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Author Kizzie Jones creates a beautiful origin story about how the lovable dog species – the Dachshund – came to be with the help of illustrator Scott Ward.
In an enchanted time and place, a little girl walks every day along a beautiful beach, delighting in the sea stars, anemones, mussels, and barnacles that are revealed when the tides sweep out. She combs the beach for treasured “friends” of shells and sand dollars. A pod of humpback whales visits the beach twice yearly, and the little girl thrills to see the whales and their newborn calves. But the little girl is lonely and more than anything, wishes for an animal friend to take home with her.
Kizzie Jones loves dachshunds (she has three) and lives near the Salish Sea, where Orcas and Humpback whales and other sea life frolic and play. This familiar setting provides a rich environment for her charming stories to take root. How Dachshunds Came to Be: A Tall Tale About a Short Long Dog, is Kizzie Jones’ first book, and like the other books in her series, A Tall Tale About a Dachshund and a Pelican: How a Friendship Came to Be, and her very latest book in the series, A Tall Tale About Dachshunds in Costumes: How MORE Dogs Came to Be, artist Scott Ward’s illustrations perfectly match the mood of Jones’ narrative – bright, fresh, almost etheric colors of sea, sand, and the whimsical renderings of the little girl and those who love and surround her. Each page number is highlighted on the back of a dachshund, and the three dogs that rush to befriend the little girl are simply adorable. This sweet collaboration makes a perfect “read-to” for parents and grandparents of toddlers and an engagingly accessible tale for older children to delve into on their own.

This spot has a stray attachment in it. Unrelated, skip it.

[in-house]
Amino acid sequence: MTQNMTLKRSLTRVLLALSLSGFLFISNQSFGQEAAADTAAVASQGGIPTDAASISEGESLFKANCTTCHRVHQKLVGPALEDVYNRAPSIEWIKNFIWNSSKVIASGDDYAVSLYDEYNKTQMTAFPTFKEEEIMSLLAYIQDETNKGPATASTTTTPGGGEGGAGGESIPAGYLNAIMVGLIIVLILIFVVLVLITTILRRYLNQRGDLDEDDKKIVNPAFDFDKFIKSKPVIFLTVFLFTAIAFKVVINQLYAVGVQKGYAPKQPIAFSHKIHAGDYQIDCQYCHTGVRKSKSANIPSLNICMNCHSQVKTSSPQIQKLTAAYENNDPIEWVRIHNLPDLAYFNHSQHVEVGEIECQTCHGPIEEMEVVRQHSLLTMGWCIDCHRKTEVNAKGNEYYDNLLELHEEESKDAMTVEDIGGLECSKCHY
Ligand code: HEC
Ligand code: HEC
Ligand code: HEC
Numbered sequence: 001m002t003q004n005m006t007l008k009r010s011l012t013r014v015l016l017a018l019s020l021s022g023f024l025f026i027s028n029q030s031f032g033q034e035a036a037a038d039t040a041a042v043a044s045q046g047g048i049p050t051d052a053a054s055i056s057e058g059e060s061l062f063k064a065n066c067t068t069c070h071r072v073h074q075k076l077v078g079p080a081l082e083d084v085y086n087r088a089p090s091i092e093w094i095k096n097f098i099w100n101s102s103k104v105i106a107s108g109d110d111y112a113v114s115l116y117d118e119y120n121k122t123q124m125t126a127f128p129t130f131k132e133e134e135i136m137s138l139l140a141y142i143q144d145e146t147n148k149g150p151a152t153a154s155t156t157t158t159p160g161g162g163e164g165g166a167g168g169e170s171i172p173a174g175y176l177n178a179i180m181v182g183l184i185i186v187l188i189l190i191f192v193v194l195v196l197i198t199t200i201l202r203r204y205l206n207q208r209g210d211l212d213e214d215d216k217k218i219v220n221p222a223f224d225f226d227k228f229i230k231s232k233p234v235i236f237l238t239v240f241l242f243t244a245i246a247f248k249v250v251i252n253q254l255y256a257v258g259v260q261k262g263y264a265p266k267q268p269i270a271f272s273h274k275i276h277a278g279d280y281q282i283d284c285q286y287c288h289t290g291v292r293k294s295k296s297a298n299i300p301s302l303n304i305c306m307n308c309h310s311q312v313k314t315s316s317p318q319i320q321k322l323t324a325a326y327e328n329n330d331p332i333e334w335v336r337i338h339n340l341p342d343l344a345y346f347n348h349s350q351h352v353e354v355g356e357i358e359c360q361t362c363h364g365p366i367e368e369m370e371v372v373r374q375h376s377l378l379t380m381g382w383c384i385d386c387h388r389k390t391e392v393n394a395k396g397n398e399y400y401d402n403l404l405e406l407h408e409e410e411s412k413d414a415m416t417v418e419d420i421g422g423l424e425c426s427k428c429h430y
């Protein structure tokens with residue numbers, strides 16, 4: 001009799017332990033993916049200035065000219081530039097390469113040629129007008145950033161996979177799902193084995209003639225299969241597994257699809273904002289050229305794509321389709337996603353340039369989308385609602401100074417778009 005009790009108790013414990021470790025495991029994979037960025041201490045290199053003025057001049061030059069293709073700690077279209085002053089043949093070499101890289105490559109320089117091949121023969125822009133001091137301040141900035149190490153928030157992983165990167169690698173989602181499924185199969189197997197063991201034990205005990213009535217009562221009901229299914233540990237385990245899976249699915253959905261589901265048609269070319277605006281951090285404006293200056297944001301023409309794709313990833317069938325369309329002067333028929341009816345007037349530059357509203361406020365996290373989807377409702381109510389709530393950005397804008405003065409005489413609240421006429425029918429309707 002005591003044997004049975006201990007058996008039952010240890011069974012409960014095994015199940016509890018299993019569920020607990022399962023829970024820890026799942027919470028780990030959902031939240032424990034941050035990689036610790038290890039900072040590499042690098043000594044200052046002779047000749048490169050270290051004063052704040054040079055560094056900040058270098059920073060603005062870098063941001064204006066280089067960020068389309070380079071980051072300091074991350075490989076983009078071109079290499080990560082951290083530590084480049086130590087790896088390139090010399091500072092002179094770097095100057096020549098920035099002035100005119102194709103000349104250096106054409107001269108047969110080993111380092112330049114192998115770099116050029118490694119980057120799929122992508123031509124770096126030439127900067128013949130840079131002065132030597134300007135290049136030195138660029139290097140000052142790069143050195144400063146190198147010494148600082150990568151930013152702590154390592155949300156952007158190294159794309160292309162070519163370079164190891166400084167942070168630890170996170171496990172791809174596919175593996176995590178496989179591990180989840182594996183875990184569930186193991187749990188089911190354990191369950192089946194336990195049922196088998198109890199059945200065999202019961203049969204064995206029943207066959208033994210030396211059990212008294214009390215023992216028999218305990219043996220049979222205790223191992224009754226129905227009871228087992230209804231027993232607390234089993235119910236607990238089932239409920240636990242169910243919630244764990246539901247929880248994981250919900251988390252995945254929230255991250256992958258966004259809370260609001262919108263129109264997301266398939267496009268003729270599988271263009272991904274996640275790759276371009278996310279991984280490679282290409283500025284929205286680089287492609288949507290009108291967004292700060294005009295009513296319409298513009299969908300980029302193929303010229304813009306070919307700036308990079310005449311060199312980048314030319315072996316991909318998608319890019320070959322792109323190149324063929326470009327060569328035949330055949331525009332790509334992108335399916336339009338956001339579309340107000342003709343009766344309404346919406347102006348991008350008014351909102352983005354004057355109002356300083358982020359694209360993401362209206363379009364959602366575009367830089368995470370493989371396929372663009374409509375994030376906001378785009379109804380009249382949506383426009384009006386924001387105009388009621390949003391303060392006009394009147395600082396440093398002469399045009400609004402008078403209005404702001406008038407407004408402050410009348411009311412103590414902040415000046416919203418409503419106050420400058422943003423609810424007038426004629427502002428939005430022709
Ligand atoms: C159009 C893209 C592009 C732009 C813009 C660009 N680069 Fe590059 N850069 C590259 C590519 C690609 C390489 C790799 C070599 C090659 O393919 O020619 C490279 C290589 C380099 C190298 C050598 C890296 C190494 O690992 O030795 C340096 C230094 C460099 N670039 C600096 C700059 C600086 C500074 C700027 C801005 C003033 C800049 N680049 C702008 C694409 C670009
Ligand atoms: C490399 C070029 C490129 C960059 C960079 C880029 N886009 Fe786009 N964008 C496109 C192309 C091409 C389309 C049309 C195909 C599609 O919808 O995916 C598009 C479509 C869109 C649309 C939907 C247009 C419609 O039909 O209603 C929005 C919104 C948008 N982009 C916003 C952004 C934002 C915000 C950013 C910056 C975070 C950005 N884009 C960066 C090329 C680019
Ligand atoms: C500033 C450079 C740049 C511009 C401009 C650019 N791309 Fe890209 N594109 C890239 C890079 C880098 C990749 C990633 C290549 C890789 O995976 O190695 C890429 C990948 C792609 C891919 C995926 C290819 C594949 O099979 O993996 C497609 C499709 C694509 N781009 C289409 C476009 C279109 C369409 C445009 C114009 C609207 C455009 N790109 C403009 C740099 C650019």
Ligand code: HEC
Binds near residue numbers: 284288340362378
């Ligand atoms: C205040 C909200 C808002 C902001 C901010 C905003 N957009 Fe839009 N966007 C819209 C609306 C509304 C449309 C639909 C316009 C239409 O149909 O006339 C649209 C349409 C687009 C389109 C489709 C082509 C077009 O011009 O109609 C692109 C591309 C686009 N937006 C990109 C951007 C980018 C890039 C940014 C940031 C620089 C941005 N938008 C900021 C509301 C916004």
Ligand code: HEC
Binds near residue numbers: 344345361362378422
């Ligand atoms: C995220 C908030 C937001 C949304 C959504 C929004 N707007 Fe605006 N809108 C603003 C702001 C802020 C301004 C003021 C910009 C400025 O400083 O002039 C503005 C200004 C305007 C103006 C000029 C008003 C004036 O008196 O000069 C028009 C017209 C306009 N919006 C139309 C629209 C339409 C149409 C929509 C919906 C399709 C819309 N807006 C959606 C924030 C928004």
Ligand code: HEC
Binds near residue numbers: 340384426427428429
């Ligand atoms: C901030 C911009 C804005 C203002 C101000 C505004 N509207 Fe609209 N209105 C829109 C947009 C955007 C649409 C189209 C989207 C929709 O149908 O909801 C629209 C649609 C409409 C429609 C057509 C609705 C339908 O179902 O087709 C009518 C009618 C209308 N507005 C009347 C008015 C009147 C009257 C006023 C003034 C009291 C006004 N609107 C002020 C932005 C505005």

Shortly after the little girl leaves the beach for home, the whales decide to find a companion for her. This friend would need to be a warm-blooded mammal – able to breathe fresh air. Each creature has ideas about the ideal companion. A barnacle suggests giving it a long nose; seals advise a “long sleek body” just right for cuddling; anemones think it needs soft wavy whiskers and eyebrows. The octopus naturally suggests 8 limbs. Still, the group settles on four, with padding on the ends of their legs – suitable for walking on land.
By the time the little girl awakens and returns to the beach, she finds not one but three new friends – black, brown-red, and golden dachshunds. They run to her, ready for cuddles and loves.